We Own This City review: a shocking police corruption tale



We Own This City will inevitably draw comparisons to The Wire, given their shared Baltimore setting, and though the latter stands as the greater achievement, it’s not necessarily the most meaningful resemblance. As much as We Own This City covers a lot of ground, the scope of The Wire stretched far beyond the police to an entire urban environment, capturing how every element of the social and political economy connected. We Own This City specifically focuses on policing, and suggests that it’s actively worsened since the early 2000s when The Wire was set.

The series spends a great deal of time in the lead up to Donald Trump’s election in 2016, which allows Simon and Pelecanos to show how an absence of justice for dead black men, coupled with economic displacement and a politically polarised culture, have exacerbated distrust in the police, who in turn are depicted as viewing the people they’re supposed to protect with active disdain.

Despite the downright nostalgic scenes of detectives poring over wiretaps and the numerous appearances from stars of The Wire, the most fitting point of comparison to We Own This City is Sidney Lumet’s 1981 film Prince of the City, which is based on another real-life story about police corruption. It’s no wonder that the film’s star, Treat Williams, makes a crucial, almost winking cameo in the series.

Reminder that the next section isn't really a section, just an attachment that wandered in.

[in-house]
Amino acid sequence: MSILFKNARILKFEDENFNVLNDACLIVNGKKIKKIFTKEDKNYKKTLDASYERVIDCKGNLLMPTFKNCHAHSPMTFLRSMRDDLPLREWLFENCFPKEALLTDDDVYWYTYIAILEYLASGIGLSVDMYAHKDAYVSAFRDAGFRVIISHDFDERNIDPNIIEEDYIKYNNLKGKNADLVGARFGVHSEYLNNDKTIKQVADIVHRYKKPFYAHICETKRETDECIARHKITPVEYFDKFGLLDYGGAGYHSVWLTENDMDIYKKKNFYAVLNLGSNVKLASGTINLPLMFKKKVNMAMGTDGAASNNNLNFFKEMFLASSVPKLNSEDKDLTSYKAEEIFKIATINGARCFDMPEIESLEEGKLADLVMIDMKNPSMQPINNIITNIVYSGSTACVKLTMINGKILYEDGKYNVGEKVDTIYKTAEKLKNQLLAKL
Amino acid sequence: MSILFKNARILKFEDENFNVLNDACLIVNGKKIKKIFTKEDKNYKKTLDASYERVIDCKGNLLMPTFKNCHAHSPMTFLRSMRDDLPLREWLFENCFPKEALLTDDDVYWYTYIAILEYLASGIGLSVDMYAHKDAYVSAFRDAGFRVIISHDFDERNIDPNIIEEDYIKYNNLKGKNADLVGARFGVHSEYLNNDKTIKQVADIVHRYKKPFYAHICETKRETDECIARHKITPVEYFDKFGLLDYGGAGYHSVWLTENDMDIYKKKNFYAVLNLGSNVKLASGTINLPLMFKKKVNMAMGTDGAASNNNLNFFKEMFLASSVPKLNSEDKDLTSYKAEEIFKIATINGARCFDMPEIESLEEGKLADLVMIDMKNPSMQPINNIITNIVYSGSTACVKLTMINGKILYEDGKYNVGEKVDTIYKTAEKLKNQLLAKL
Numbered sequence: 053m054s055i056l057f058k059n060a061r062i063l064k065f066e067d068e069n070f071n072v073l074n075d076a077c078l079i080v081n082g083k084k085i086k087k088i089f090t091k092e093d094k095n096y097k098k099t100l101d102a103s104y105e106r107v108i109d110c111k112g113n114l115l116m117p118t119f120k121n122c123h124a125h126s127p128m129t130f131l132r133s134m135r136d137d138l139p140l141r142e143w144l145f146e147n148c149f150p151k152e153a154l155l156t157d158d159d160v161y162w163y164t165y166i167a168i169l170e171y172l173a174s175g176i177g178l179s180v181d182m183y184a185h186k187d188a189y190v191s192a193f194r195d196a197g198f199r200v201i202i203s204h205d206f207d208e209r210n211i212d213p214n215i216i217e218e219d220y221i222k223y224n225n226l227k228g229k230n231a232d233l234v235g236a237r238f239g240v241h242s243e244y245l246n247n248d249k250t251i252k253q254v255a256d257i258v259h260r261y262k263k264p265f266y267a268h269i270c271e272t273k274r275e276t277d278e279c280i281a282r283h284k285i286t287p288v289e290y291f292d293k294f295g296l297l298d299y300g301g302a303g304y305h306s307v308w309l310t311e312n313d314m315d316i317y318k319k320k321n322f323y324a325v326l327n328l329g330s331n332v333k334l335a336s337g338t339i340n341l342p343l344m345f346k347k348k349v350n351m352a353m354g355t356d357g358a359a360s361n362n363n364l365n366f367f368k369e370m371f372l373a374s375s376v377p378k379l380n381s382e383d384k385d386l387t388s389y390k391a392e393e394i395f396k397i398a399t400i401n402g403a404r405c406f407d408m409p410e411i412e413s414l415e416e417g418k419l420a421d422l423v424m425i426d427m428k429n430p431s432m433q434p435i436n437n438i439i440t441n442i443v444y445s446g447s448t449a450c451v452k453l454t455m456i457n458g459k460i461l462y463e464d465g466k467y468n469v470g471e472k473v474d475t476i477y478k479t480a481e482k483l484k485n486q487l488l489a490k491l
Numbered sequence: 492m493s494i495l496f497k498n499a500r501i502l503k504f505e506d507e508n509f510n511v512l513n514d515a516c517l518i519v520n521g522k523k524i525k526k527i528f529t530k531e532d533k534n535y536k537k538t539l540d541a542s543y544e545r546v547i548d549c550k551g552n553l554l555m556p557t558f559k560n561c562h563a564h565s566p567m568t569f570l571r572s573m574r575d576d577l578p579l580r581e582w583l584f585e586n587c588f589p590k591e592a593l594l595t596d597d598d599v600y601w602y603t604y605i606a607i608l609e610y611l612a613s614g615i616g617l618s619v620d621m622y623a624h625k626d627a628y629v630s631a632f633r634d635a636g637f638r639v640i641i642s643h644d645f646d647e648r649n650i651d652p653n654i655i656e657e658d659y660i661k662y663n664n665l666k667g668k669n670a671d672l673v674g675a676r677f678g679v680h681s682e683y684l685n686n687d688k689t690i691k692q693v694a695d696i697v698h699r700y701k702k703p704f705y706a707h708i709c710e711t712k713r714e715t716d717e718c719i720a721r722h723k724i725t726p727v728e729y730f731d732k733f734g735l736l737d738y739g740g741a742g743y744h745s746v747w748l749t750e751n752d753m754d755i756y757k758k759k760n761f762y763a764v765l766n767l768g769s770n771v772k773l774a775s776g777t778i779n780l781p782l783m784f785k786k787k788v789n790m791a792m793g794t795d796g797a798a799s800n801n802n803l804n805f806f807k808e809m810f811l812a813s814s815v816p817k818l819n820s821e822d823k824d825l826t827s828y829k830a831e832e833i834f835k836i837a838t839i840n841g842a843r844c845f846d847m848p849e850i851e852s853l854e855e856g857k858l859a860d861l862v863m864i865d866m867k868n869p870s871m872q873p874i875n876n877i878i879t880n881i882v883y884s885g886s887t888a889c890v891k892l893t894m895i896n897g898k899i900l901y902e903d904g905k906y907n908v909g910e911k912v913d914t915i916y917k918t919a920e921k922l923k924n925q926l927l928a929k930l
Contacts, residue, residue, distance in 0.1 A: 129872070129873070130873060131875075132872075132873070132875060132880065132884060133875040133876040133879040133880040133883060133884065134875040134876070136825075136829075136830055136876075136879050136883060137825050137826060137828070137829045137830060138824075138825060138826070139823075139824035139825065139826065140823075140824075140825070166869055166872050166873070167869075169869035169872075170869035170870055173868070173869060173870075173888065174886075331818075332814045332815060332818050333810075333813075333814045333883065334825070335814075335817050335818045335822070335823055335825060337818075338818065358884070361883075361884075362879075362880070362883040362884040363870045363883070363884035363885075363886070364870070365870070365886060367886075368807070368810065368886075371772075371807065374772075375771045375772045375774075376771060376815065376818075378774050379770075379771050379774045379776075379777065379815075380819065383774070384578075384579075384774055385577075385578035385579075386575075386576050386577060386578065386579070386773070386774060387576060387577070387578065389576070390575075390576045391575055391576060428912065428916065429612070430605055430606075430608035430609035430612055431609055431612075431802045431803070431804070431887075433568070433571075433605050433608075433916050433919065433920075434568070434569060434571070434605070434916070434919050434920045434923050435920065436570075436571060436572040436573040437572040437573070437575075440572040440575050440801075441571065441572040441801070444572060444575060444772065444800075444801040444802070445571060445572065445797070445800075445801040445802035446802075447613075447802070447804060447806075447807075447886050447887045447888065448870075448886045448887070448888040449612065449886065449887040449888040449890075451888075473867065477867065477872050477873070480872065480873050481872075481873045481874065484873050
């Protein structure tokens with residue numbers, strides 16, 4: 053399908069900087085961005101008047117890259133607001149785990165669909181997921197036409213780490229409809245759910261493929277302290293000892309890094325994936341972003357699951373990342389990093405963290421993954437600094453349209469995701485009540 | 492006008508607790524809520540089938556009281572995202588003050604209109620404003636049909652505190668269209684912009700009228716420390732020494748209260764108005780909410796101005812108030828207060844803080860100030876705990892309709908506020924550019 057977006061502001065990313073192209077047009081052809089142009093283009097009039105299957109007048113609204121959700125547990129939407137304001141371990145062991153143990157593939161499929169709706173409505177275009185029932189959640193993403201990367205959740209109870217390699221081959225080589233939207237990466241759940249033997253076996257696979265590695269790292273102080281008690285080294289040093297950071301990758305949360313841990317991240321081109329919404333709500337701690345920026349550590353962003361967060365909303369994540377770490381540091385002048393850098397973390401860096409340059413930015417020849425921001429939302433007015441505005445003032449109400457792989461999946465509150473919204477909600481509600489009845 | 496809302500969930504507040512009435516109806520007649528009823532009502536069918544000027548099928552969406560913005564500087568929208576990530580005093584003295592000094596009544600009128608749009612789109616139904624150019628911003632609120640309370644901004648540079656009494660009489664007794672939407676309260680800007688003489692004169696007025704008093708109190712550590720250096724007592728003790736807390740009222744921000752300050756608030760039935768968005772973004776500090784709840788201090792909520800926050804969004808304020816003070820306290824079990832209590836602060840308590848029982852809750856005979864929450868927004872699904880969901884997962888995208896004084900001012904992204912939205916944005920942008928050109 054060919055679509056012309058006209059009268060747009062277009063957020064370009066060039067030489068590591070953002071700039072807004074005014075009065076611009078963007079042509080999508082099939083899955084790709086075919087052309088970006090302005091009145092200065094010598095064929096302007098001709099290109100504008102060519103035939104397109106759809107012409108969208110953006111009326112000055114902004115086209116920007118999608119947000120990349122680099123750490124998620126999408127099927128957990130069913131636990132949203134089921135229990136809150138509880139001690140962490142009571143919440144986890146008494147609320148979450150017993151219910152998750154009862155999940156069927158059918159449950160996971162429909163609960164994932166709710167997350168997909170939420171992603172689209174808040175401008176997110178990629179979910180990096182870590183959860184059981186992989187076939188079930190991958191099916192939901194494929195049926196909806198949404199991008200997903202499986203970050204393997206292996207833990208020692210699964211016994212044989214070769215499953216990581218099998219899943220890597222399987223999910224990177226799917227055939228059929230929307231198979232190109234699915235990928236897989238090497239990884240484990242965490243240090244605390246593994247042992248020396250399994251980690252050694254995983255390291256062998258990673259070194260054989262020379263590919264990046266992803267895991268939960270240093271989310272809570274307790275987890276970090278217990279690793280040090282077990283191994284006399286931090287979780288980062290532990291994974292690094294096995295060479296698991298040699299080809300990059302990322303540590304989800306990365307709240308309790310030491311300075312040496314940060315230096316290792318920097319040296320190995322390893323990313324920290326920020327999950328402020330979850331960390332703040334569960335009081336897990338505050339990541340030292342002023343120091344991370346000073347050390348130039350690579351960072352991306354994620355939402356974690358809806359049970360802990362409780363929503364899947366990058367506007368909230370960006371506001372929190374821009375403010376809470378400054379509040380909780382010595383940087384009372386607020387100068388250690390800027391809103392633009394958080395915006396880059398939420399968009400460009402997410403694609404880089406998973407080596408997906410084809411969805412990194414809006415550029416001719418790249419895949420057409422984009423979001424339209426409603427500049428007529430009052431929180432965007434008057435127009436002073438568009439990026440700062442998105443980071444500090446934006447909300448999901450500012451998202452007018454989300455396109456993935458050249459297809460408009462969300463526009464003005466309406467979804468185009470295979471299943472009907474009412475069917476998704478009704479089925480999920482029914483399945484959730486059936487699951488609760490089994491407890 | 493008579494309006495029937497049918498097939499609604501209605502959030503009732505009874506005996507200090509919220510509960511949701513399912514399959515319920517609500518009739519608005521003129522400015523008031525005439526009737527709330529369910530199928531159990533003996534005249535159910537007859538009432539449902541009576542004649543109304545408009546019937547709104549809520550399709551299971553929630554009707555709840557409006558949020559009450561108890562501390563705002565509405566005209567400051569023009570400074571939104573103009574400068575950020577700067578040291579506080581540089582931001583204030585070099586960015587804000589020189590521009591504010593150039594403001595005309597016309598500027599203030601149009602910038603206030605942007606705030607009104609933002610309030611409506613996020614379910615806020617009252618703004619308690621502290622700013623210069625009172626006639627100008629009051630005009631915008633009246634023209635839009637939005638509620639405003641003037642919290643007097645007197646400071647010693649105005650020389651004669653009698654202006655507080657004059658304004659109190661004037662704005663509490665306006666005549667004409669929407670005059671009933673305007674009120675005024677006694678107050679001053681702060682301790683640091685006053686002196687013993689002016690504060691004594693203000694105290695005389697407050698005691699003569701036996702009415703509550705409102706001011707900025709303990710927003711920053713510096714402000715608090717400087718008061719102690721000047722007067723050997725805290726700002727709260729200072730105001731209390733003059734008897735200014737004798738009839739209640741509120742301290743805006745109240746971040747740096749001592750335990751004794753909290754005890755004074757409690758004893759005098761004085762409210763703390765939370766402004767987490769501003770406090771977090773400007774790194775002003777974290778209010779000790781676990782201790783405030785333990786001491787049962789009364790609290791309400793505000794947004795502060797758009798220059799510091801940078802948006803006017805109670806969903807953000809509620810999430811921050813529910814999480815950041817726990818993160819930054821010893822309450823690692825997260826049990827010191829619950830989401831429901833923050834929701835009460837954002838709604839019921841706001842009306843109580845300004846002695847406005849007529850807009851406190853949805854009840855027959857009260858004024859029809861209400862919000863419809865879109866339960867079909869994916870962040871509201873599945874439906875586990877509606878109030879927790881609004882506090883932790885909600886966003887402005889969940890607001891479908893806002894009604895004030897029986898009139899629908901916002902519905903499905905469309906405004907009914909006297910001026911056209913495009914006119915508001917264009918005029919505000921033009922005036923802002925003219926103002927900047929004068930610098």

We Own This City suffers from various minor issues. The all-round stellar performances from the cast are frequently underserved by Reinaldo Marcus Green’s rote direction. The drama can feel a little mechanical at times, likely because it closely hews to the facts of the real-life case, and the storyline involving Suiter in particular sometimes scans as a too-symbolic contrast to the GTTF story, as if to clumsily underscore the fact that there are actually good cops around.

But when the series heads into the home stretch and all the pieces start to connect in only the way a Simon-led series can do, these drawbacks tend to fade from memory. Few other writers craft television narratives like this, whose appropriately downbeat worldview accurately reflects the fact that , despite the sheer amount of people trying to do the right thing, there’s a lot of money in ensuring that systemic failure flourishes.

★★★★☆

We Own This City premieres on HBO in the US on 25 April and on Sky Atlantic and NOW in the UK in June

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